An American perspective on the Champions League draw
I watched Manchester City for the first time when I was about 14 years old. I played soccer (I know, soccer) here in America, and wanted to watch European games because I had always heard it was better than the joke MLS. Somehow, I came across a montage of the “greatest comebacks in English history” on some crappy VHS and saw the footage of the '99 game against Gillingham (this was a couple years after the game). I remember seeing the fans, the celebrations on the field, and that stuck with me... I wanted to watch this team, which was now in the Premier league. I liked the plucky young team who loved stealing 3 points off their trophy-stacking neighbors. But there seemed a bright future as well. I was excited about the likes of Micah Richards, Daniel Sturridge, Michael Johnson and Superman Stevie Ireland.. the future looked blue. We had Nicolas Anelka, and I thought, how lucky are we to have such a classy, talented striker.
Many of my friends were Barcelona fans, some hunting glory, others just in awe of beautiful soccer. And it was hard not to cast some envious glances, with the likes of Ronaldinho, a young Messi, possibly the best midfielders ever in their prime gracing the field, collecting their pick of trophies. It seemed like watching a different sport. It was another experience altogether from watching my team, these guys were playing a different game. And they did it all from within, they produced their talent.
Fast forward a few years and some billionaire I've never heard of has decided to buy my team. Everything seemed exciting, but it almost felt like going in the deep end for the first time without floaties. Robinho, our superstar, was coming to be our crown jewel, and it all seemed good. But there are so many takeovers that have gone wrong, it felt almost like a dream that could end at any moment. We become public enemy number one, with hyper scrutiny on every one of our club's dollars spent.
The next year, we schedule Barcelona in a summer friendly, and it's the long-forgotten Martin Petrov who scores the winner. It's a good sarcastic joke, “We beat Barcelona!”, but we all know the nature of summer friendlies. And with the likes of Richard Dunne and Tal Ben Haim playing for us, and Messi and Yaya Toure making brief cameos for them, it still appeared we were playing two different games. A controversial manager sacking and another year finishing outside the Champions league and that was proven true.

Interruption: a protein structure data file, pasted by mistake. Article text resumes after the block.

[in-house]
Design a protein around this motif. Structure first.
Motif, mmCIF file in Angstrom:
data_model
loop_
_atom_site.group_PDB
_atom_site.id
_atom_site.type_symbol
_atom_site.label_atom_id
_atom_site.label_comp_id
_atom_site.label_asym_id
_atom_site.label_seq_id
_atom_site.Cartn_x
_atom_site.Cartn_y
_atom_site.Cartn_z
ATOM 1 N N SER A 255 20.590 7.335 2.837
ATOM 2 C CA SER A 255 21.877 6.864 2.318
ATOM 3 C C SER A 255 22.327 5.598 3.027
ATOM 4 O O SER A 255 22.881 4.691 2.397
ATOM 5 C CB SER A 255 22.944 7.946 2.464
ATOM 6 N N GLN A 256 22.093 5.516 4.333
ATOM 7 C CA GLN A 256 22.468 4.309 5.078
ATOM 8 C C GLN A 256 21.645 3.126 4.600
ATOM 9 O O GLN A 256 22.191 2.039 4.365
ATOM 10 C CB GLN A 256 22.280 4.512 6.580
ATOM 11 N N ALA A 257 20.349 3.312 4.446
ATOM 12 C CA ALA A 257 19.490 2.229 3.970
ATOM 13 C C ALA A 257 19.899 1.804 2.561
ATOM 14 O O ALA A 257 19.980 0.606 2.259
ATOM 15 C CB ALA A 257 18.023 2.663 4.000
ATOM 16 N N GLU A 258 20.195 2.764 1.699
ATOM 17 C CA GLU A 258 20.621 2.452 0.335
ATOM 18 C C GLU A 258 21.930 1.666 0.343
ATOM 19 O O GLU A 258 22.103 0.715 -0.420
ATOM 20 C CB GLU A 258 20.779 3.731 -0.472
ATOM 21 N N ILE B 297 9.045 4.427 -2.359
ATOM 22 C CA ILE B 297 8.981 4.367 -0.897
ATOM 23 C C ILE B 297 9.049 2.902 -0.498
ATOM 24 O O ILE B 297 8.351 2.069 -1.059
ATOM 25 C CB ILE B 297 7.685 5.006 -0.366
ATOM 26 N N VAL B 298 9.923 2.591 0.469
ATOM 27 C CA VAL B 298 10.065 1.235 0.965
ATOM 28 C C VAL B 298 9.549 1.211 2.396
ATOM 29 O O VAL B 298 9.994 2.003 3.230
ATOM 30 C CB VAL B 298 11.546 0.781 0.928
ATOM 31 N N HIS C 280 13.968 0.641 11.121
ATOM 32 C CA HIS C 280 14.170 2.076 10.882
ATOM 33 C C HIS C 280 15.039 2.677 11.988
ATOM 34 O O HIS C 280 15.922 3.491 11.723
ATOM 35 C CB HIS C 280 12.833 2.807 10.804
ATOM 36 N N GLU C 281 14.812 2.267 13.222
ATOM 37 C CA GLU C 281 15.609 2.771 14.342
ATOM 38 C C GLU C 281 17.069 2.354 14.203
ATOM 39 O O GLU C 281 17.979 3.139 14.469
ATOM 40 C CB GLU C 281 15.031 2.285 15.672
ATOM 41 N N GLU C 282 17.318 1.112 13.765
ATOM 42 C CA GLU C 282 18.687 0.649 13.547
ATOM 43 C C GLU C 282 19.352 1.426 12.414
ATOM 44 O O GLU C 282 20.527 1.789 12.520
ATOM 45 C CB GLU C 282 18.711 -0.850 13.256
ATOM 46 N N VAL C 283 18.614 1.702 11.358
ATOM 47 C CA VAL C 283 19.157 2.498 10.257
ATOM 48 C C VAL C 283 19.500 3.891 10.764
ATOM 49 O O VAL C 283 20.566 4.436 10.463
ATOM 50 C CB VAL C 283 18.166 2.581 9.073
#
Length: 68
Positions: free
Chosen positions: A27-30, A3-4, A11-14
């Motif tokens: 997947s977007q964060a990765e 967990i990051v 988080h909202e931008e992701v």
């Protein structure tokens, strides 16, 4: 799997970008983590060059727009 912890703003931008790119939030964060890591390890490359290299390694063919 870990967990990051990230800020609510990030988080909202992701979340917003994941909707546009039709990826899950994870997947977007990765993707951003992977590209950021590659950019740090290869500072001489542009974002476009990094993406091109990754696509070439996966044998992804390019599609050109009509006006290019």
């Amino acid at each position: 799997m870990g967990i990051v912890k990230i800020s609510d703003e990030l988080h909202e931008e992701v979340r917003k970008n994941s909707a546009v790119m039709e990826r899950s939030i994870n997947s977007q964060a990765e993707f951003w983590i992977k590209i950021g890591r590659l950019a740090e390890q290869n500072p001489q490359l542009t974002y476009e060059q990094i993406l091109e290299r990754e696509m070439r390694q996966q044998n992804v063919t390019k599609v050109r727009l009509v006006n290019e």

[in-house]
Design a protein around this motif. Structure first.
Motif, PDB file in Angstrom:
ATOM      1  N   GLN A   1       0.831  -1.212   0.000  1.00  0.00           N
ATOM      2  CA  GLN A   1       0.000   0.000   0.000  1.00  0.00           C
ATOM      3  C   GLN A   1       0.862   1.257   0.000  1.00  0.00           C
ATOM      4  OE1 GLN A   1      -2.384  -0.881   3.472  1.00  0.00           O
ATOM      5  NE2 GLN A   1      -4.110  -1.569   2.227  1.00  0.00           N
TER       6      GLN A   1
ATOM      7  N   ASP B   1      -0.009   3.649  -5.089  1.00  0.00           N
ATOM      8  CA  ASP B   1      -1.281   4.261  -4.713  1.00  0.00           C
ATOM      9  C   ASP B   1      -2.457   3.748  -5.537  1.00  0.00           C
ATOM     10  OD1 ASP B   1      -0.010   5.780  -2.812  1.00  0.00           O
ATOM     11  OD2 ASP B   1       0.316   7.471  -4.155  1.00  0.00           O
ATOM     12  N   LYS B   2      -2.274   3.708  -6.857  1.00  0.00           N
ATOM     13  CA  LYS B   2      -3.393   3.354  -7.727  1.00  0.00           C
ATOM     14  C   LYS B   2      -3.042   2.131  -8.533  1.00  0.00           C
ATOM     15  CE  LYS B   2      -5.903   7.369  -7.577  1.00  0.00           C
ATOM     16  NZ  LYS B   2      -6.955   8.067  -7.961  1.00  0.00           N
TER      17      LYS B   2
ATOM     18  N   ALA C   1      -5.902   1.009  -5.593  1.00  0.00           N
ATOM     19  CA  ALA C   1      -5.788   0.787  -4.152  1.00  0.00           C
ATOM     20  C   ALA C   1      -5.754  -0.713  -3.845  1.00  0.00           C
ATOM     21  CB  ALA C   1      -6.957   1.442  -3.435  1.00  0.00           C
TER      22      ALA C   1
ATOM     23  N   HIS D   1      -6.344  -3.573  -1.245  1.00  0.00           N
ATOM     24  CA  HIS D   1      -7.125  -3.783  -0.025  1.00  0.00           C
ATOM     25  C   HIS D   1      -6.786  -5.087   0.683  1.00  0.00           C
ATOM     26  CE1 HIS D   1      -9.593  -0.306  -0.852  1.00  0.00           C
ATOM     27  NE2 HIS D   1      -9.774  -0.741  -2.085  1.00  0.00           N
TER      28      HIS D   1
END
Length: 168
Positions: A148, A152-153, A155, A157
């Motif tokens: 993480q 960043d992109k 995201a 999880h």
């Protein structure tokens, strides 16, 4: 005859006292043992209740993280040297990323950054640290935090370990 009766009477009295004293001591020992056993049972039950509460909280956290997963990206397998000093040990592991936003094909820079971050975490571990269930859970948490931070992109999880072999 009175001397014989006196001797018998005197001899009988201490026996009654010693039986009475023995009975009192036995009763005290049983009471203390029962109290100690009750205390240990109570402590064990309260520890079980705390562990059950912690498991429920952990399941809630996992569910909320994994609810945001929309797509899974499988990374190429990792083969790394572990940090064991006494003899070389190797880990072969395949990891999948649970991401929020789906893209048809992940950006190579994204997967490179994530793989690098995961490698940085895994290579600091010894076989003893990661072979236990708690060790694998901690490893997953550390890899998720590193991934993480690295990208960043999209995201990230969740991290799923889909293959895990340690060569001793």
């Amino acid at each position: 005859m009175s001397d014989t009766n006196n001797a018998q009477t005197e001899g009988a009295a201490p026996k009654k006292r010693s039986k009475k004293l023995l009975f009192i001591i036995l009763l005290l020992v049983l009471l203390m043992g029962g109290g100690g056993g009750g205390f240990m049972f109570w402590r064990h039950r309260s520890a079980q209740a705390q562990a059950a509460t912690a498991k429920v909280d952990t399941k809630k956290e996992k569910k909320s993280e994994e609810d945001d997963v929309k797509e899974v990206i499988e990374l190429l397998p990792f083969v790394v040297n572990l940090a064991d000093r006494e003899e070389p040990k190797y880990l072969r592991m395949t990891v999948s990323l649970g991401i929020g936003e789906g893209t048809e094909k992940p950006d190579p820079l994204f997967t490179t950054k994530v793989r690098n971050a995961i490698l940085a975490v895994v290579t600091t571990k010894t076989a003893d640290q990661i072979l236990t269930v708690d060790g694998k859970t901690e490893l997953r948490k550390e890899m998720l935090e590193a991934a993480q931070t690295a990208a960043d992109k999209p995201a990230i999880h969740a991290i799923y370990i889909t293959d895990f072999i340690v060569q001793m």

Since then has been a whirlwind of watching Yaya smash it in to win the FA Cup, losing years later in the finals to Wigan, Aguero clinching it in stoppage time, Tevez playing golf, the 6-1, and an endless loop of nightmare Sunderland away matches. But now it's 2013. We've grown stronger than our neighbors, we play the most beautiful soccer we've ever played, and our attack is now truly something to be feared. As one commentator said, “The Etihad has been more than a fortress, it's been a torture chamber.” But it's more than that. I look around the stadium and see a project set to be one of the best coaching and learning facilities in the world. We can now (hopefully) start creating world-class players from within, just like Barcelona did. Little did I know way back when I was in grade school how blue the future actually was. Forget Nicolas Anelka. Now I look at the field and see #16, a legitimate top 5 players in the world, and I can't believe how lucky we are to have such a classy, talented striker.
Do I think Manchester City should be favored? Maybe not – Barcelona have Messi and Neymar and their midfield is still absolute class. But I don't care about 1 seeds or 2 seeds, I don't want to play Olympiakos or Galatasaray. This is what we wanted all along: to see our club playing the very best. And now it's here, for the first time, the Champions League knockout stages, and Barcelona is bringing their A game to the Etihad. They are superb, but the way our team creates chances, who knows, maybe we can score some goals. Maybe we can win, maybe we will lose. It's exciting, it's scary, just like going into the deep end without floaties. All I ask is they play like they know what this means to me. And I have a feeling, it means a lot to people like Vincent Kompany, Zabaleta, and all you blues who haven't been here before either.
Either way, I'll be the one screaming my head off. Come on you blues.